Targeting mTORC2 for lupus treatment

Project: Research project

Project Details


Prior literatures have demonstrated that mTOR signaling, composed of mTORC1 and mTORC2 pathways, is elevated in lupus patients and mouse models of lupus. One of the key pathogenic cellular alterations associated with lupus severity is the increased differentiation of follicular helper T cells (Tfh), which drives high affinity antibody production by B cells. Our previous studies have demonstrated that both mTORC1 and mTORC2 critically contribute to Tfh differentiation. Furthermore, studies from our group and others have shown that mTORC1 is essential for naive T cell quiescence exit and differentiation of all effector T cell lineages, but mTORC2 preferentially promotes Tfh differentiation with minor contribution to other effector T cell lineages. Finally, elevated mTORC2 leads to regulatory T cell (Treg) instability, which eventually causes lupus-like autoimmunity in mouse models. Thus, we hypothesize that targeting mTORC2 can ameliorate lupus specifically through inhibition of Tfh and promotion of Tregs, without immune suppression accompanied by mTORC1 inhibition. Our preliminary data show that genetic ablation of mTORC2 in T cells significantly reverses the systemic immune activation in a mouse model of lupus. The specific aims of this proposal are, (1) To evaluate mTORC2 activity in infiltrating T cells in kidney biopsies from lupus nephritis patients; (2) To provide proof-of-principle evidence that pharmacological targeting mTORC2 benefit lupus in mouse model and to define the underlying mechanisms. The long-term objectives are to establish mTORC2 as a novel target for therapeutic treatment of lupus.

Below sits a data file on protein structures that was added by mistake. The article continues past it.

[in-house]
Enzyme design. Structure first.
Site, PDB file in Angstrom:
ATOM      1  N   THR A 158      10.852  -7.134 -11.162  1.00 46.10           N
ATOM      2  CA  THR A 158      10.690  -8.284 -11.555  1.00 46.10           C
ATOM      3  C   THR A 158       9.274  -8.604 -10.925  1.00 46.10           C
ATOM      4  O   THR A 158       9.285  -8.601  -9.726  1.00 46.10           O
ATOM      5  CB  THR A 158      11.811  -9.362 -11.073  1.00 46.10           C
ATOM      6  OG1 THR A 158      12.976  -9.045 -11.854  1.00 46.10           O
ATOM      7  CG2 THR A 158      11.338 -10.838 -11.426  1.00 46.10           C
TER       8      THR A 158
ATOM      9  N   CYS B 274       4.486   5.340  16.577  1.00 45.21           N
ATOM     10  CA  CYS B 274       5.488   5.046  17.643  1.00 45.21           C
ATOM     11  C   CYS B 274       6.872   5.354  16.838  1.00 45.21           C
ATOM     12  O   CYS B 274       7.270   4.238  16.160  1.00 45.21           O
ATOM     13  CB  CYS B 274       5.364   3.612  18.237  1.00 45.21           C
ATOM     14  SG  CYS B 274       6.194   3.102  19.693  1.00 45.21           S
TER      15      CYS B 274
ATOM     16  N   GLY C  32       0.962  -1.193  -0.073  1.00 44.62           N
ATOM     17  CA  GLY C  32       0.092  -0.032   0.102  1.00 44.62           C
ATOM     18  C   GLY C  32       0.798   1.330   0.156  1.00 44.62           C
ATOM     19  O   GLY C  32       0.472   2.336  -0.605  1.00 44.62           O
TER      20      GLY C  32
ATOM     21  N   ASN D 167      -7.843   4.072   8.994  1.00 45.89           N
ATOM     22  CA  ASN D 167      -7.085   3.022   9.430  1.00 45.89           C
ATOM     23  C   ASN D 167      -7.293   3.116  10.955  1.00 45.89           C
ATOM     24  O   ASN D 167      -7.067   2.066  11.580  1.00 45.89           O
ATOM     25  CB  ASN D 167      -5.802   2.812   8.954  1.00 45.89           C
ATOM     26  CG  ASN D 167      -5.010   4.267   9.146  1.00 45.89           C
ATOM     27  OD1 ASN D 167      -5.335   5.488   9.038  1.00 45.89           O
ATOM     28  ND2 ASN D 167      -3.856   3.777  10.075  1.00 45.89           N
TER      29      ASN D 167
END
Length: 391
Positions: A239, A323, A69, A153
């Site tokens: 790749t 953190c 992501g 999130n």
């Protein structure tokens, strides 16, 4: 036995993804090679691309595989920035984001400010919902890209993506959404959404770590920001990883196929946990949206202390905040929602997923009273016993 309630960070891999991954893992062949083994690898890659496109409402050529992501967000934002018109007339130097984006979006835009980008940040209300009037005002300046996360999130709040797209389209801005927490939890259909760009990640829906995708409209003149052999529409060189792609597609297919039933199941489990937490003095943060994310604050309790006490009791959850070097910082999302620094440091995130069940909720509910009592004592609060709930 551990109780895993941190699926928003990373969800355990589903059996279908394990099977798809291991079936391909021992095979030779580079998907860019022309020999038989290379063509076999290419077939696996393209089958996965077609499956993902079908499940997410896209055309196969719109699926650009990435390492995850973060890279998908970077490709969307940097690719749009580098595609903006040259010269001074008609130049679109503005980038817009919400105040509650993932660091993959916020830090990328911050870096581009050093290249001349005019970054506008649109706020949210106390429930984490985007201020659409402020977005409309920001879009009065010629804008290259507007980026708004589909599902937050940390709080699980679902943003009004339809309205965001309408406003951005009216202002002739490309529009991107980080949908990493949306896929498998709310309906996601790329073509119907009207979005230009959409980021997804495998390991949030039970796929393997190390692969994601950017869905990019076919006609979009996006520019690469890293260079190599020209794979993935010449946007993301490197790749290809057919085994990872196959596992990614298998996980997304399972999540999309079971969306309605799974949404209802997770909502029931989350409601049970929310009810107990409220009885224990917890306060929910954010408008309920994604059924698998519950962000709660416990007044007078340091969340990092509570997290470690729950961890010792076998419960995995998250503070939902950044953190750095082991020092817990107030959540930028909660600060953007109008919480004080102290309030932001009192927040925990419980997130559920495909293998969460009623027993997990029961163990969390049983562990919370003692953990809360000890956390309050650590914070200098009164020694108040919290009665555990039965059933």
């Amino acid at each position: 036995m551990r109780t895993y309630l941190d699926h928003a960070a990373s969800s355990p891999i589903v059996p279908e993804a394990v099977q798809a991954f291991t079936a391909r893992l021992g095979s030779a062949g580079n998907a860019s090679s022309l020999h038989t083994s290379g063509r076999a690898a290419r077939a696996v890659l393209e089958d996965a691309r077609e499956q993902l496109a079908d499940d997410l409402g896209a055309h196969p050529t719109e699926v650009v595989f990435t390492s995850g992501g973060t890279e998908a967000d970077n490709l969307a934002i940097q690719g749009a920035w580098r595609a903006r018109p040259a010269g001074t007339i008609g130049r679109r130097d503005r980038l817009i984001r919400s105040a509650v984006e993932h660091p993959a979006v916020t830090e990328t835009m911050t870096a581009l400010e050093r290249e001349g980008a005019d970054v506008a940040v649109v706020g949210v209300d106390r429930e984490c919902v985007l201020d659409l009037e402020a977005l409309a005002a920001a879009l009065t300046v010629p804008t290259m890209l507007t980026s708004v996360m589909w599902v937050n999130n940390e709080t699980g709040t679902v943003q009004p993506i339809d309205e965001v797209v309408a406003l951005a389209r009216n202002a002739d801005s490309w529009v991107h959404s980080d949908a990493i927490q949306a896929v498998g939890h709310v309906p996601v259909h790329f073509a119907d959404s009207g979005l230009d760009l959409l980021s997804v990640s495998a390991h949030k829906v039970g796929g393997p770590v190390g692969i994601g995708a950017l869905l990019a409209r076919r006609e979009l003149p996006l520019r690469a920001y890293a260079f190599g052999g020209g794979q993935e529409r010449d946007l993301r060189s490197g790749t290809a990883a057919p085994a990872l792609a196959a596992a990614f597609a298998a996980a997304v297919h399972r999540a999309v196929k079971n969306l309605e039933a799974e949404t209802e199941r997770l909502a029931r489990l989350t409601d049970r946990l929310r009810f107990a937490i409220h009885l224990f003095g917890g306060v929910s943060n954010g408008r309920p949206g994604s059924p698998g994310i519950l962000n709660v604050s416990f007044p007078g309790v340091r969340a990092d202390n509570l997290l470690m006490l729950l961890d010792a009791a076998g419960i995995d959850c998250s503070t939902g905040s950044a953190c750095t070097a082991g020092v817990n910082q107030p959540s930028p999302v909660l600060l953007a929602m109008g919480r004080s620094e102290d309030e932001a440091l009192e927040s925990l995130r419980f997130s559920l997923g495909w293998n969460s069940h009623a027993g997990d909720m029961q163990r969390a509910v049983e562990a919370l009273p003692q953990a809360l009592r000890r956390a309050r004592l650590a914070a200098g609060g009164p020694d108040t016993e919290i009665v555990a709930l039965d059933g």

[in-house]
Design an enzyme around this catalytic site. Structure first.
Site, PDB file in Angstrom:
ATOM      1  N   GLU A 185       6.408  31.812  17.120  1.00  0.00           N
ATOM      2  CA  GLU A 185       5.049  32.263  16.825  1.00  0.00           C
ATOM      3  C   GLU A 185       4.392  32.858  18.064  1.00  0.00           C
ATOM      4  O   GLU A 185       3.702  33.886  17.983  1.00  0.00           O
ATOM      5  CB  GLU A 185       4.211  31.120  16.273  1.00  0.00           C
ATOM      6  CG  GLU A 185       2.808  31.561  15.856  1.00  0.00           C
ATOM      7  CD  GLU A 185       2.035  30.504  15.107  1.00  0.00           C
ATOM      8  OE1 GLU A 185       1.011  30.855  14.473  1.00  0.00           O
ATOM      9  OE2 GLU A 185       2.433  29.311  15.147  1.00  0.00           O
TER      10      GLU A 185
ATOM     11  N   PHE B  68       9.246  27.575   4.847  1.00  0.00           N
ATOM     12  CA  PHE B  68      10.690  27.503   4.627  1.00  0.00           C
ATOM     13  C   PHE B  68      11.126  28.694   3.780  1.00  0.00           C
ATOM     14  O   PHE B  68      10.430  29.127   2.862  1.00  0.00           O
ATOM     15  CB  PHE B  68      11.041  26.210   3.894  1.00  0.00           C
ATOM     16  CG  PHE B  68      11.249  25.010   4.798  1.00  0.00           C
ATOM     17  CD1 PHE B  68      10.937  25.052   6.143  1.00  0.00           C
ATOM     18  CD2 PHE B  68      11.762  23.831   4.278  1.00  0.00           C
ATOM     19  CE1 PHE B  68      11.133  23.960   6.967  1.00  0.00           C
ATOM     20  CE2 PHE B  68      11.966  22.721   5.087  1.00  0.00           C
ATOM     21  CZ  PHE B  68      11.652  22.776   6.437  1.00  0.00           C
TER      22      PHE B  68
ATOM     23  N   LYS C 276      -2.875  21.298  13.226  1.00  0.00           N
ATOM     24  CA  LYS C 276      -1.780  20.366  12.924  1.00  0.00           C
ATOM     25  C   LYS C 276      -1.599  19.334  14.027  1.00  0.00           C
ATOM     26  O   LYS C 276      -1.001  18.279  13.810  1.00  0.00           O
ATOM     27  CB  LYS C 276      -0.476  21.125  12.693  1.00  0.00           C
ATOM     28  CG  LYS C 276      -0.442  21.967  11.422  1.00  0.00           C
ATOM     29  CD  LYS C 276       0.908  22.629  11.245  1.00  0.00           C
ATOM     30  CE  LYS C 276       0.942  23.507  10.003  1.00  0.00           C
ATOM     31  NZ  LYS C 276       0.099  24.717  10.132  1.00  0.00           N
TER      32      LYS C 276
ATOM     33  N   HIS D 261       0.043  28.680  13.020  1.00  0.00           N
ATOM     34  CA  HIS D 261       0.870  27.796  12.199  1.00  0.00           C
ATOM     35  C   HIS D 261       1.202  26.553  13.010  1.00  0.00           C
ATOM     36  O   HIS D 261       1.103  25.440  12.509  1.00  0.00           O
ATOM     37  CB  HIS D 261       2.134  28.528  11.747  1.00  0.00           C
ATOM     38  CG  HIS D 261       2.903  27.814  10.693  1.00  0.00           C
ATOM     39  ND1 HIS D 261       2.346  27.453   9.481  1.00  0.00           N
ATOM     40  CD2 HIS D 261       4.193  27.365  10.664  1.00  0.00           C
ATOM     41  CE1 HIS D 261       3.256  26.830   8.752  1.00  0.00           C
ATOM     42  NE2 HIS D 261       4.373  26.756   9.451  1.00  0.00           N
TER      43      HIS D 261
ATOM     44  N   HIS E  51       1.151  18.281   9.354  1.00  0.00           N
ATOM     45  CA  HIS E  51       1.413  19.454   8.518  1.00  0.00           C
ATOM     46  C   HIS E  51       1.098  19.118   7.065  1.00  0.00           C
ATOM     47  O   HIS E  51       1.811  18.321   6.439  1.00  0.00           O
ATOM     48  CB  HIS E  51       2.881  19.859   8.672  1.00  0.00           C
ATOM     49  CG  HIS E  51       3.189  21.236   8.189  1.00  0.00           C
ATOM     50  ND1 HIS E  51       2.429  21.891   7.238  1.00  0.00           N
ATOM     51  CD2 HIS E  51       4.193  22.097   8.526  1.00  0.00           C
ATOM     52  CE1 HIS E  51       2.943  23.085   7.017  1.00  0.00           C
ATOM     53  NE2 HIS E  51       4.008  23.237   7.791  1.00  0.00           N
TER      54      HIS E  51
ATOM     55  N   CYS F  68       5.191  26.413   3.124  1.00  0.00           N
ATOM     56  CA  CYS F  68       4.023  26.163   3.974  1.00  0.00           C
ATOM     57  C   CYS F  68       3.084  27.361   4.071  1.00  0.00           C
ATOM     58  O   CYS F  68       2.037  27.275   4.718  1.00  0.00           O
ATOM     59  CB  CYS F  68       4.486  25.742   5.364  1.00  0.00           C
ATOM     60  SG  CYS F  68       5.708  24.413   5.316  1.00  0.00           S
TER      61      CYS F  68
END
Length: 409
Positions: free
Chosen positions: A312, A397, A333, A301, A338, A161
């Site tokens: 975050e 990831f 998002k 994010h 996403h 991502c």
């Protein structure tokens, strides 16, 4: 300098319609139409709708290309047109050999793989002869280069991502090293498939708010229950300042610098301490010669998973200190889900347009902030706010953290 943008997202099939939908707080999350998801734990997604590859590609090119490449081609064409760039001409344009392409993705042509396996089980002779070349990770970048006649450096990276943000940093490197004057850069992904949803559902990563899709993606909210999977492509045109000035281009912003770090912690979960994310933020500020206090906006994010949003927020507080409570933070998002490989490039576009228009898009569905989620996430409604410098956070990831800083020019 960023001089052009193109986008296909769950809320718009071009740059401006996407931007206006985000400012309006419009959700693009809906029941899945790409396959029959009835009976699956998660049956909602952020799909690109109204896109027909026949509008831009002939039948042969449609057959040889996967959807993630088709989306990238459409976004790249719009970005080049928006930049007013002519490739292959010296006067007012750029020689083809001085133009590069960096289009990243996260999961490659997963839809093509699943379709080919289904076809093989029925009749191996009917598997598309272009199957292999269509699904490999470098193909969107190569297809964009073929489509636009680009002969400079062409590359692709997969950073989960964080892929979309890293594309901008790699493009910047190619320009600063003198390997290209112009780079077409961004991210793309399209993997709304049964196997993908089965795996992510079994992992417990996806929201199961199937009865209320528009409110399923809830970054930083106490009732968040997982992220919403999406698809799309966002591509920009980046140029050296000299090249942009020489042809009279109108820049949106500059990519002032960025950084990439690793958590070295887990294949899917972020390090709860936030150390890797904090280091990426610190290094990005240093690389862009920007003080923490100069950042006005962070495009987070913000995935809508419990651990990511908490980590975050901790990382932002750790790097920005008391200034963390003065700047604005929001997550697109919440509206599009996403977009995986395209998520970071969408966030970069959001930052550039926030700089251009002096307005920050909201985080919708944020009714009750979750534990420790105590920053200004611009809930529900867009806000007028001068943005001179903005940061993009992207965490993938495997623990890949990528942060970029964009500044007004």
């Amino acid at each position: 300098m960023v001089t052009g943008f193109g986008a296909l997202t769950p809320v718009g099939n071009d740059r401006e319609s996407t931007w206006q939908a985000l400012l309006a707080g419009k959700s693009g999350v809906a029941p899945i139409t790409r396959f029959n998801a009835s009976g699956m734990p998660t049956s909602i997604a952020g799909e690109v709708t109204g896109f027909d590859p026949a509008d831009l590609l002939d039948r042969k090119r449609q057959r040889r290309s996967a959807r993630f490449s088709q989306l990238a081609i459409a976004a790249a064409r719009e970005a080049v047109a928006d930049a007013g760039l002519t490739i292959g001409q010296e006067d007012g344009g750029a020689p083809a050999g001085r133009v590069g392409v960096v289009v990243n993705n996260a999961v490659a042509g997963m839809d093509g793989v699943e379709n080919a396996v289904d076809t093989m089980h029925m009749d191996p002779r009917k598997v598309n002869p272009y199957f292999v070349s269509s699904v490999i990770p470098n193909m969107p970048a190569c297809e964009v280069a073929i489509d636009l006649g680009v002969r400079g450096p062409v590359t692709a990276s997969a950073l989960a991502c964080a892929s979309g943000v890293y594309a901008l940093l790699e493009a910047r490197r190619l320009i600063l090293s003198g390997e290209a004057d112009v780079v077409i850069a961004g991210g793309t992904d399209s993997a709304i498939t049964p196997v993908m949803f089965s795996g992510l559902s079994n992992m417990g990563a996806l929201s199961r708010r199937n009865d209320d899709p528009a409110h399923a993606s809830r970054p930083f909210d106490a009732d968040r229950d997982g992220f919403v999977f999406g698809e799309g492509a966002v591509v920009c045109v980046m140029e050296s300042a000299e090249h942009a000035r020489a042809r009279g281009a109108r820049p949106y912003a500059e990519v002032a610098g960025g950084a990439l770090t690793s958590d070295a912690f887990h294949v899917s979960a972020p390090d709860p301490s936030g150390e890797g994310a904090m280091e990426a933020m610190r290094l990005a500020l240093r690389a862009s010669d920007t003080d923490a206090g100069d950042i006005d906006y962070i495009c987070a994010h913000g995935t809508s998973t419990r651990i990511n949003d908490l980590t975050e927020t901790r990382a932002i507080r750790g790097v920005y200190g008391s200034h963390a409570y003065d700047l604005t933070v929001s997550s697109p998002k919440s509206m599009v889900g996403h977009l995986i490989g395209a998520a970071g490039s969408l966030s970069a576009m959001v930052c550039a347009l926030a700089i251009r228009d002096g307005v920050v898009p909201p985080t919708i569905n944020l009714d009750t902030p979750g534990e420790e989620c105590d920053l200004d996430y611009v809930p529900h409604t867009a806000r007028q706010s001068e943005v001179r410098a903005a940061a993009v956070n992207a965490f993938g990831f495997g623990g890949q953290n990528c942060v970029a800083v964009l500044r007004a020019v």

Effective start/end date1/1/2012/31/21


  • Lupus Research Alliance: $300,000.00


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